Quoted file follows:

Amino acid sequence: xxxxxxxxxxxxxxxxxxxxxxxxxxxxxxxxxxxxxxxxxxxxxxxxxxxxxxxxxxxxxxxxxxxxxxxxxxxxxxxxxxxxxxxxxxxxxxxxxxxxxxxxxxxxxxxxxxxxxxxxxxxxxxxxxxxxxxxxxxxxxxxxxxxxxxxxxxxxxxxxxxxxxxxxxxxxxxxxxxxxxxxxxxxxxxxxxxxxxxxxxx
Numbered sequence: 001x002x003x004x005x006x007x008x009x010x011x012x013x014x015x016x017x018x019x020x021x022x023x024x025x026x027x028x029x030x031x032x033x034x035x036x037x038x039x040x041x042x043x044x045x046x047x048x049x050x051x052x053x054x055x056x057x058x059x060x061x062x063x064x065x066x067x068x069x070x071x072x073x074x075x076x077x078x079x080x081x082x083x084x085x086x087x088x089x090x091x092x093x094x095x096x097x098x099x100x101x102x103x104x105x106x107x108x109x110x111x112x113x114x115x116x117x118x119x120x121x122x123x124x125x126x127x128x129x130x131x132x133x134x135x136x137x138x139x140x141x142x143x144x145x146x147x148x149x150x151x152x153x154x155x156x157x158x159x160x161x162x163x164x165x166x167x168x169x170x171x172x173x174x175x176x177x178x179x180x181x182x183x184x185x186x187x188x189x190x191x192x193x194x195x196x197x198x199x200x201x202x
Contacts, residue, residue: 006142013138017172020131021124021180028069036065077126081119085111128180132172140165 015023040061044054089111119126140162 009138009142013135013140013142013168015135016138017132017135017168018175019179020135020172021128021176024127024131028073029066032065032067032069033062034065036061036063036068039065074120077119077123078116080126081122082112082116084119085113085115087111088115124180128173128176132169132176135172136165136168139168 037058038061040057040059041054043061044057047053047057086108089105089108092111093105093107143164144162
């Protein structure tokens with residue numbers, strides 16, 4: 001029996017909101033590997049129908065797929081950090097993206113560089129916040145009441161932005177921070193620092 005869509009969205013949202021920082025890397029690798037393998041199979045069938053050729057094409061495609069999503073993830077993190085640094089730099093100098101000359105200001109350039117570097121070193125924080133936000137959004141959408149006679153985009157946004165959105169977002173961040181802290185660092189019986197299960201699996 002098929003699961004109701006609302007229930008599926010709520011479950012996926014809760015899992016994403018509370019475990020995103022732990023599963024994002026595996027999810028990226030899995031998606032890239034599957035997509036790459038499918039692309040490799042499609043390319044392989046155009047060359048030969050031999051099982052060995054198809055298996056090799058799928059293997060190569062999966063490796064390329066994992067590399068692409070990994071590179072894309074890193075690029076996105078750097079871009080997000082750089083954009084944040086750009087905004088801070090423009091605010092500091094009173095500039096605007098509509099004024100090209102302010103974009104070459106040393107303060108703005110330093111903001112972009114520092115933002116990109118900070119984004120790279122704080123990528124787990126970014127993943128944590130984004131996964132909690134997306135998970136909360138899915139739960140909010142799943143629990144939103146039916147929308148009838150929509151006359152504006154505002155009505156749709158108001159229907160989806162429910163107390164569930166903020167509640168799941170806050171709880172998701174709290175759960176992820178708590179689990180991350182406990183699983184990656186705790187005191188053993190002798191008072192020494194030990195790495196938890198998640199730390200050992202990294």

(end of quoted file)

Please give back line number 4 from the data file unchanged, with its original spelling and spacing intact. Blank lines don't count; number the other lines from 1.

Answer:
């Protein structure tokens with residue numbers, strides 16, 4: 001029996017909101033590997049129908065797929081950090097993206113560089129916040145009441161932005177921070193620092 005869509009969205013949202021920082025890397029690798037393998041199979045069938053050729057094409061495609069999503073993830077993190085640094089730099093100098101000359105200001109350039117570097121070193125924080133936000137959004141959408149006679153985009157946004165959105169977002173961040181802290185660092189019986197299960201699996 002098929003699961004109701006609302007229930008599926010709520011479950012996926014809760015899992016994403018509370019475990020995103022732990023599963024994002026595996027999810028990226030899995031998606032890239034599957035997509036790459038499918039692309040490799042499609043390319044392989046155009047060359048030969050031999051099982052060995054198809055298996056090799058799928059293997060190569062999966063490796064390329066994992067590399068692409070990994071590179072894309074890193075690029076996105078750097079871009080997000082750089083954009084944040086750009087905004088801070090423009091605010092500091094009173095500039096605007098509509099004024100090209102302010103974009104070459106040393107303060108703005110330093111903001112972009114520092115933002116990109118900070119984004120790279122704080123990528124787990126970014127993943128944590130984004131996964132909690134997306135998970136909360138899915139739960140909010142799943143629990144939103146039916147929308148009838150929509151006359152504006154505002155009505156749709158108001159229907160989806162429910163107390164569930166903020167509640168799941170806050171709880172998701174709290175759960176992820178708590179689990180991350182406990183699983184990656186705790187005191188053993190002798191008072192020494194030990195790495196938890198998640199730390200050992202990294």